The U.S. Citizenship Test Just Got Harder. Would You Pass?
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Is there a better, more appropriate way to end 2020 than by making the U.S. naturalization test just a little more punishing?
That's what the Trump Administration did last month, when U.S. Citizenship and Immigration Services (USCIS) announced it was revising the civics portion of the test to add 28 more potential questions -- questions that are slightly more subjective, and therefore more difficult to answer, than before.
Those questions went into effect Tuesday, Dec. 1.
Here's how it works: Applicants are given a list of 128 potential questions in advance. When they sit down for the test, a USCIS officer will ask them 20 questions from that list. The whole process is verbal -- no multiple choice, no writing down your answers. You need to get 12 answers right to pass.
How is that different than before? The old version of the test had 100 potential questions -- meaning 28 fewer flashcards to study. The officer would ask 10 questions and you'd have to get six right to pass.
"The new test increases the number of questions that applicants must study from 100 to 128, it doubles the number of questions they must answer correctly to pass the test, and it requires a much higher level of English language fluency to pass," said Rosalind Gold, Chief Public Policy Officer for the National Association of Latino Elected and Appointed Officials (NALEO) Educational Fund, an L.A.-based non-profit that works on immigration and naturalization issues.
The questions are also more slightly more subjective than before. It's subtle, but makes a difference. For example, one of the new questions is:
Supreme Court Justices serve for life. Why?
This isn't an simple question with one correct answer such as What year was American founded? or How long is a Congressional term?
It's a lot more subjective than that.
First of all, this isn't something every American inherently knows. Most of us are aware that Supreme Court Justices don't have term limits, but we might have just thought, Well, that's the law, right? Wrong. Nowhere in the Constitution are term limits actually specified. (Article III says that judges of both the Supreme Court and lower federal courts "shall hold their offices during good behavior.") Speaking of vague ...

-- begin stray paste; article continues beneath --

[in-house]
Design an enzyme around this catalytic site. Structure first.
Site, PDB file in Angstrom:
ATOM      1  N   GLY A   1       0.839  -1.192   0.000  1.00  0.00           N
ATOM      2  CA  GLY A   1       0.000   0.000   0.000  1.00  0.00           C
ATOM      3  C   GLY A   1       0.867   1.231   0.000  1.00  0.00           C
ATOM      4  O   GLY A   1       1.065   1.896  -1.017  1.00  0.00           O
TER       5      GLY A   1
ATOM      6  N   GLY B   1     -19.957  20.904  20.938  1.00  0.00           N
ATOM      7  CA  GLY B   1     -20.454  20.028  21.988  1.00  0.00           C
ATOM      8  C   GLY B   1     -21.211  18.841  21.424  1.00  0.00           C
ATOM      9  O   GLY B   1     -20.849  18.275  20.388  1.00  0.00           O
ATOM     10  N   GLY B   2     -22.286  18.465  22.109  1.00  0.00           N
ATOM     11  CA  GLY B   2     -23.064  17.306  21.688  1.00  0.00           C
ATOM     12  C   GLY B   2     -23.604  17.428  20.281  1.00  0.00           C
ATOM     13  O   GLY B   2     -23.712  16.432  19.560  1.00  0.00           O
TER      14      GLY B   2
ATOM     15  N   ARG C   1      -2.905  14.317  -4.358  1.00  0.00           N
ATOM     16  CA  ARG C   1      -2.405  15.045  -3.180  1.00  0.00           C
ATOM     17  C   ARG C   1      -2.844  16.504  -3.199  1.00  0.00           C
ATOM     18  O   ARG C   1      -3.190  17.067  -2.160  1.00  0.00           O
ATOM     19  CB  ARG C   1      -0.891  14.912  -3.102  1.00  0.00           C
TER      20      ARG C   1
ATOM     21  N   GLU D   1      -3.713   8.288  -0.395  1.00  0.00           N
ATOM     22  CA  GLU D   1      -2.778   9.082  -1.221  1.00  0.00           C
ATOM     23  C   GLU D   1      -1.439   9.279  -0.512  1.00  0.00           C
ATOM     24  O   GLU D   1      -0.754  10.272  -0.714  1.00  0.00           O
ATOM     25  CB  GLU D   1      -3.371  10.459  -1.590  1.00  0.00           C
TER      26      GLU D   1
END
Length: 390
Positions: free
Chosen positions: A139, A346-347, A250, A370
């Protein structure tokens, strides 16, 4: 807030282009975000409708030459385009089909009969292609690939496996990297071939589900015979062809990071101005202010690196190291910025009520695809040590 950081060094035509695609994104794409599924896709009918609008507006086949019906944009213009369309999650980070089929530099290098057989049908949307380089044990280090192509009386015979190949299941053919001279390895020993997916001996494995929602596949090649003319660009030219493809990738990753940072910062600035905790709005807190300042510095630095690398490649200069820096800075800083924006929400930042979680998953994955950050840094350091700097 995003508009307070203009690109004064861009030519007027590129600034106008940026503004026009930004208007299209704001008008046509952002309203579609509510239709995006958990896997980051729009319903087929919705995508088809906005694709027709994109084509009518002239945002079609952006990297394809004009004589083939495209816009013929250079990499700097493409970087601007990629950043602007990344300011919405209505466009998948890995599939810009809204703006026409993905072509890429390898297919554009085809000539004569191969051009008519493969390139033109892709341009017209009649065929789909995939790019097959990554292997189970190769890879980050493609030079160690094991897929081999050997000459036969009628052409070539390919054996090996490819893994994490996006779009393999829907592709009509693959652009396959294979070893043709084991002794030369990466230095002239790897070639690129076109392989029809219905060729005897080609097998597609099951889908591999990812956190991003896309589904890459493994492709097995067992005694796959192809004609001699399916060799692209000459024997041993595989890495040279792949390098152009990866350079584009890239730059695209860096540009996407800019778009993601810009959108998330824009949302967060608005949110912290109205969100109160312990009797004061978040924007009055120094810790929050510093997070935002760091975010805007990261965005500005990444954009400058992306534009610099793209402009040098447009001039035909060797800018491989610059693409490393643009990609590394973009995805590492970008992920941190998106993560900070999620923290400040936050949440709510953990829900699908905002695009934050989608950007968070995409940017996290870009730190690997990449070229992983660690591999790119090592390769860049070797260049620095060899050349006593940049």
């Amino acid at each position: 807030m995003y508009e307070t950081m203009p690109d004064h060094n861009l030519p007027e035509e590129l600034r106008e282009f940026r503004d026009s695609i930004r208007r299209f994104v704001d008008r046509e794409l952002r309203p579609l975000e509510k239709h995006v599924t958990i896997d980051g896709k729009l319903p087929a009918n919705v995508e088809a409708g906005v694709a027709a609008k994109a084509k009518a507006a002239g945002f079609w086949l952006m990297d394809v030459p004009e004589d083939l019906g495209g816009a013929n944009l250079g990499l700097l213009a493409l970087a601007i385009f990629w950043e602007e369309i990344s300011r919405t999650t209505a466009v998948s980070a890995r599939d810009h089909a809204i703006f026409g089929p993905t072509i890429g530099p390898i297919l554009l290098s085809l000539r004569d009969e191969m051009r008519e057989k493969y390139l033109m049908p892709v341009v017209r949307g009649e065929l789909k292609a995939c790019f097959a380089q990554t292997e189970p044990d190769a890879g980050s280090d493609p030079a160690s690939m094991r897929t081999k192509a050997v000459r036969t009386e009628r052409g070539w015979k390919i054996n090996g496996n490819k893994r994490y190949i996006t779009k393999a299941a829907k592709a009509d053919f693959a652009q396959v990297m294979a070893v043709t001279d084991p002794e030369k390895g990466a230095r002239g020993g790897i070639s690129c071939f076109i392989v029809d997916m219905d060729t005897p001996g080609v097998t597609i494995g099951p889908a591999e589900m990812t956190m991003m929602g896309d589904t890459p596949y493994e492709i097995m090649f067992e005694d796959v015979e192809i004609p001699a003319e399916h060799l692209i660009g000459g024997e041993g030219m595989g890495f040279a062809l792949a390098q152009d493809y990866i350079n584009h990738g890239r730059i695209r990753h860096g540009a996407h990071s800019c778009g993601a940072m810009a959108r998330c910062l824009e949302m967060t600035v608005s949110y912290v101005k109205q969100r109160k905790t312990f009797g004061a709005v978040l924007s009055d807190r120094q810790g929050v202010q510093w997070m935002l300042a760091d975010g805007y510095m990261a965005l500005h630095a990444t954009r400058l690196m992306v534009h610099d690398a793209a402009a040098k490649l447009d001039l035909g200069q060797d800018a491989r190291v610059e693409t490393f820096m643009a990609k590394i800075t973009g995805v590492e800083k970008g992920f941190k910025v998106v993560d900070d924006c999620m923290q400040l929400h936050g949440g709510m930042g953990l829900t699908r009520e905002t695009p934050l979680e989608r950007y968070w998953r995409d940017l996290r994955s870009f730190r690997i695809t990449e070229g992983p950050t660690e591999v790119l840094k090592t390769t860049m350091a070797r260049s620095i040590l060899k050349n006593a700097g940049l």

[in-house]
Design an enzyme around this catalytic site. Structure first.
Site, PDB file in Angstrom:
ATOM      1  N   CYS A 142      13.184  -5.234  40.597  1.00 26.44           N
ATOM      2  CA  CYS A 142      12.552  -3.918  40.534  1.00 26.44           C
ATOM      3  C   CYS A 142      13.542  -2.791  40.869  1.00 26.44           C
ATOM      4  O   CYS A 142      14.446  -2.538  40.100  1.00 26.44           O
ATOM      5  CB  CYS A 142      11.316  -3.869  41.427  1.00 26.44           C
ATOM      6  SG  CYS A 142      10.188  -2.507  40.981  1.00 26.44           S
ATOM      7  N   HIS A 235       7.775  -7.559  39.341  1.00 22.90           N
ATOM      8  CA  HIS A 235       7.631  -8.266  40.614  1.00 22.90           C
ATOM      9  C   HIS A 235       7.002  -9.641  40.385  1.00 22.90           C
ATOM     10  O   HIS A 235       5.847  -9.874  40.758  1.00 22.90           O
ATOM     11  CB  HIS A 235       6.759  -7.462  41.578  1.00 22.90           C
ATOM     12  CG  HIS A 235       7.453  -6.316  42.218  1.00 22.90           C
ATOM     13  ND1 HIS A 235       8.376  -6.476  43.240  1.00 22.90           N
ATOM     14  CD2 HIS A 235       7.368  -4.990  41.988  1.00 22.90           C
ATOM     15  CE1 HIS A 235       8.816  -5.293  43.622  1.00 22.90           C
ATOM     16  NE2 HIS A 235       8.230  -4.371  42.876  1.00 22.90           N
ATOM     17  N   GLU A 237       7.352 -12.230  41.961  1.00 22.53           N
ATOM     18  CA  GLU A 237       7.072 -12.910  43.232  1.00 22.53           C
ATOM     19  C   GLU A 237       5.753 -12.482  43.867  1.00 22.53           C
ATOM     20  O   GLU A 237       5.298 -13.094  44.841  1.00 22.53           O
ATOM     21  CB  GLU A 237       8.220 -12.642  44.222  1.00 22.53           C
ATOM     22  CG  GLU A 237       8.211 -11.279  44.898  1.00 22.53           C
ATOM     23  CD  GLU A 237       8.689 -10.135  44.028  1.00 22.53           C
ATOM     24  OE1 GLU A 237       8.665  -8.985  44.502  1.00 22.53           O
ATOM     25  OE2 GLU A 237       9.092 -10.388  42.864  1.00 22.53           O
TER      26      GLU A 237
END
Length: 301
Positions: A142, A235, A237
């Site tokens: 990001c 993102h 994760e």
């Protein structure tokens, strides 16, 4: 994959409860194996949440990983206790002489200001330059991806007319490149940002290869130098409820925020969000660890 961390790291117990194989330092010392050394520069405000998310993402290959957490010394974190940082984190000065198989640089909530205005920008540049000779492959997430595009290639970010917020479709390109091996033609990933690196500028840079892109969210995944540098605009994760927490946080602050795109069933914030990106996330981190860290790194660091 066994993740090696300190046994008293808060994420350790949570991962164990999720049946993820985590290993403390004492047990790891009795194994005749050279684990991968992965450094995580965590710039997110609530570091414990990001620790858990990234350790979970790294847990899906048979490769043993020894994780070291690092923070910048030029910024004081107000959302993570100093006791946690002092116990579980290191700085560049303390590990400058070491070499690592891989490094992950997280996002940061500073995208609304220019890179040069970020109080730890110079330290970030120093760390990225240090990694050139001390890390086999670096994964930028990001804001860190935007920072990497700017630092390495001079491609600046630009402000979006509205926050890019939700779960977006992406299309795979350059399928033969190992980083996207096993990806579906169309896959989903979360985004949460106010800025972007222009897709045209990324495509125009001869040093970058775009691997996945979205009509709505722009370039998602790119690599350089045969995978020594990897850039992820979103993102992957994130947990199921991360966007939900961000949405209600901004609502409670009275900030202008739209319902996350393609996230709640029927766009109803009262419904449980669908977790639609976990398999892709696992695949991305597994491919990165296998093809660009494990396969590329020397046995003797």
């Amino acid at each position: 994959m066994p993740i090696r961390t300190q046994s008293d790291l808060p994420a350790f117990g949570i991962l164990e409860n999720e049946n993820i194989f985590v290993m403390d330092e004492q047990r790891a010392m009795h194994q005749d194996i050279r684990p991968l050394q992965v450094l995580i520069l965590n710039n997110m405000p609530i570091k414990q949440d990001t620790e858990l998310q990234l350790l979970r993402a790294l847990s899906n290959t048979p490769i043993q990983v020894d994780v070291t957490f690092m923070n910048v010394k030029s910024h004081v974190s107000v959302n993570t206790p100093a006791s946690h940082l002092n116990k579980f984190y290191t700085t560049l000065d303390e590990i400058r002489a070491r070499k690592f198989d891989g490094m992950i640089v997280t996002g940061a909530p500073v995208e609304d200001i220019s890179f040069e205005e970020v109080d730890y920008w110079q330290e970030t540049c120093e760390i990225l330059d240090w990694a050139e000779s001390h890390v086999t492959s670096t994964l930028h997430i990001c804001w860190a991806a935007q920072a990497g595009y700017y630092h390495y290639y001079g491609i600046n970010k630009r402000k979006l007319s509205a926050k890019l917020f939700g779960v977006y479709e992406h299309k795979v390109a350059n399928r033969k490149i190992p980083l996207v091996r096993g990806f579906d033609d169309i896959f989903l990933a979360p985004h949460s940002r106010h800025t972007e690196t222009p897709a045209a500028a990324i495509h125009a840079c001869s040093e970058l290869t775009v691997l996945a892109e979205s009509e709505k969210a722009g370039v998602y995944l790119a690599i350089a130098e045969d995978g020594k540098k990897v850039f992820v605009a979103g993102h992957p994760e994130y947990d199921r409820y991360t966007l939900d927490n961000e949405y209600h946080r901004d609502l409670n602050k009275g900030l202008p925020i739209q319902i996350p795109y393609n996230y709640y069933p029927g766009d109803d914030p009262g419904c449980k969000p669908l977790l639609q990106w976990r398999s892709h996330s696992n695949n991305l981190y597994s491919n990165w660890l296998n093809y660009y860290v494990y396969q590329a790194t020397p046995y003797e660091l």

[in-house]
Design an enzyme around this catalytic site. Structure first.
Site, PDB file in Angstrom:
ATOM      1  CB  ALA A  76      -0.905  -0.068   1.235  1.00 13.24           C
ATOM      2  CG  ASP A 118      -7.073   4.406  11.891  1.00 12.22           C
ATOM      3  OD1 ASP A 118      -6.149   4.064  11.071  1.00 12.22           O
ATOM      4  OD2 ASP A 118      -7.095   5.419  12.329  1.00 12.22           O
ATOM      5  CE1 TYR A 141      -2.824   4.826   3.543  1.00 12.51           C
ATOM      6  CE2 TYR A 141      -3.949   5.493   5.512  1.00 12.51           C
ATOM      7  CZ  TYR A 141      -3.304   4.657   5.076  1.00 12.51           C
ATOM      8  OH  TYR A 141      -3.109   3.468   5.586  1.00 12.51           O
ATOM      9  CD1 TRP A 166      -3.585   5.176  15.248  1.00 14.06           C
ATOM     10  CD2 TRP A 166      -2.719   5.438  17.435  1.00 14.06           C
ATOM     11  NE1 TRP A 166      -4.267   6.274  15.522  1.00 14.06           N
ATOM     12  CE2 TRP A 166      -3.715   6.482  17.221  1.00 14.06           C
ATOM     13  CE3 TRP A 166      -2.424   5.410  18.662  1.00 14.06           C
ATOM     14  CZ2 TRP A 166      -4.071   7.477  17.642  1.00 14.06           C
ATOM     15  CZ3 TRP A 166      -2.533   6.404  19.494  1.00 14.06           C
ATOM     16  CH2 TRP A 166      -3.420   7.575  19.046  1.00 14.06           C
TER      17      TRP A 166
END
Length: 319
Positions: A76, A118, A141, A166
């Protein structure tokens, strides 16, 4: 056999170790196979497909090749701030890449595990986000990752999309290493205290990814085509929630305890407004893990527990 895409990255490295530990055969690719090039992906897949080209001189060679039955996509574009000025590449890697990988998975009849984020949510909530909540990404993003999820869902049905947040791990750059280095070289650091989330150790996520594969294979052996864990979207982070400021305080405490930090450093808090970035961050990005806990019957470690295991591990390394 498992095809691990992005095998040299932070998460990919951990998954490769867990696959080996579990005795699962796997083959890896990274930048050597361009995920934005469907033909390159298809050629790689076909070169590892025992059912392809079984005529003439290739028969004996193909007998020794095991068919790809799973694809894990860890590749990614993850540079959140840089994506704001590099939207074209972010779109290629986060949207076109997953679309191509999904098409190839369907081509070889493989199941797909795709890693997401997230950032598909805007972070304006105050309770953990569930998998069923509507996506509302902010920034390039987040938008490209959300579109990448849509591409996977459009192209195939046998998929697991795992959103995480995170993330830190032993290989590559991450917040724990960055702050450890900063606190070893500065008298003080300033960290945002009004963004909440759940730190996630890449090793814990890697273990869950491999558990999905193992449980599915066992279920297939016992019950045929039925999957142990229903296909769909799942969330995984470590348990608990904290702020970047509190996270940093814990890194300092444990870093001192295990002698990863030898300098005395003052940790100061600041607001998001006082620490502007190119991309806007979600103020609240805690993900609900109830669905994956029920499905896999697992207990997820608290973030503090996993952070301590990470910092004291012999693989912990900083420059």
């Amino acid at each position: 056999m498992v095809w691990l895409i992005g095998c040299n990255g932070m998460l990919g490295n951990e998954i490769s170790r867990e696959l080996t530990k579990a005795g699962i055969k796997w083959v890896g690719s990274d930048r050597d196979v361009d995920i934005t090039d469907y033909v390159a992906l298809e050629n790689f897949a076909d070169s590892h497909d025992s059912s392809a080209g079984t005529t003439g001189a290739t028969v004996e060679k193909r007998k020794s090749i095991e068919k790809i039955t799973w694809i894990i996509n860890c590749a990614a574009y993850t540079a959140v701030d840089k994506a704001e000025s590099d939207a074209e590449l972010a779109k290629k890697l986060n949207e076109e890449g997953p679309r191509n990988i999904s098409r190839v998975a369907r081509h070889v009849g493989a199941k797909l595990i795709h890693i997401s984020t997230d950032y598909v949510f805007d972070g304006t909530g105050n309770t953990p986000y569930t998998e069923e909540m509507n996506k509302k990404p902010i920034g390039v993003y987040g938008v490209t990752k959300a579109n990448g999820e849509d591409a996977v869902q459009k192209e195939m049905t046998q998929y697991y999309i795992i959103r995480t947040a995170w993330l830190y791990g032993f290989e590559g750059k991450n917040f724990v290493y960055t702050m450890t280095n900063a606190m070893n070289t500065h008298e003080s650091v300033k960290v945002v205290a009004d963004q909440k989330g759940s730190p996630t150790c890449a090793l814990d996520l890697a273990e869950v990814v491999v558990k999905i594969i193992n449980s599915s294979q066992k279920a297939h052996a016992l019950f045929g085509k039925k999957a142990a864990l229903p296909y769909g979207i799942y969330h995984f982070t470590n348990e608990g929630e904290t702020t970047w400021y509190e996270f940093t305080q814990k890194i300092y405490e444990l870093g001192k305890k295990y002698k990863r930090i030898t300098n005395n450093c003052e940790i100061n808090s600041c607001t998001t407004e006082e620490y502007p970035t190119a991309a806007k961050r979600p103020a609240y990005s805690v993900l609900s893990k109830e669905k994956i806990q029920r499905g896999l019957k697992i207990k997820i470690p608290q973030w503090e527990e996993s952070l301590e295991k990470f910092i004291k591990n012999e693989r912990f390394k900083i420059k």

To make the question more complicated, there's been healthy political debate about this issue for years. Some believe life terms really do help shield Supreme Court Justices from political influence. Others think there should be term limits on justices. You could write a book on this question, but here's the answer the citizenship test is looking for: To be independent (of politics) or to limit outside (political) influence.
If the person taking the test answers slightly differently, it's up the USCIS officer to decide whether or not their answer meets the criteria for correctness.
See what we mean by subjectivity? How would you answer this question? Now imagine that English isn't your first language, and try again.
"Under the federal law governing citizenship, people are only required to know enough English to use words in ordinary usage ... or to know basic English," Gold explained. "So by complicating the language in the questions, by introducing vague concepts, and by not permitting applicants to provide a concrete answer, the new test creates an unfair and unnecessary obstacle for the nearly nine million legal permanent residents who are eligible for U.S. citizenship."
As if all this isn't difficult enough, one of the answers to an old question has been changed to be ... WRONG.
Here's the question:
Who does a U.S. Senator represent?
If you're thinking the answer is "the people in their state" or "all of the people in their state," you'd be right ... on the previous version of the test.
If you gave that answer today, you'd get the question wrong (!!).
That's because the Trump Administration changed the correct answer to "citizens of their state," which, Gold from NALEO says, is factually incorrect.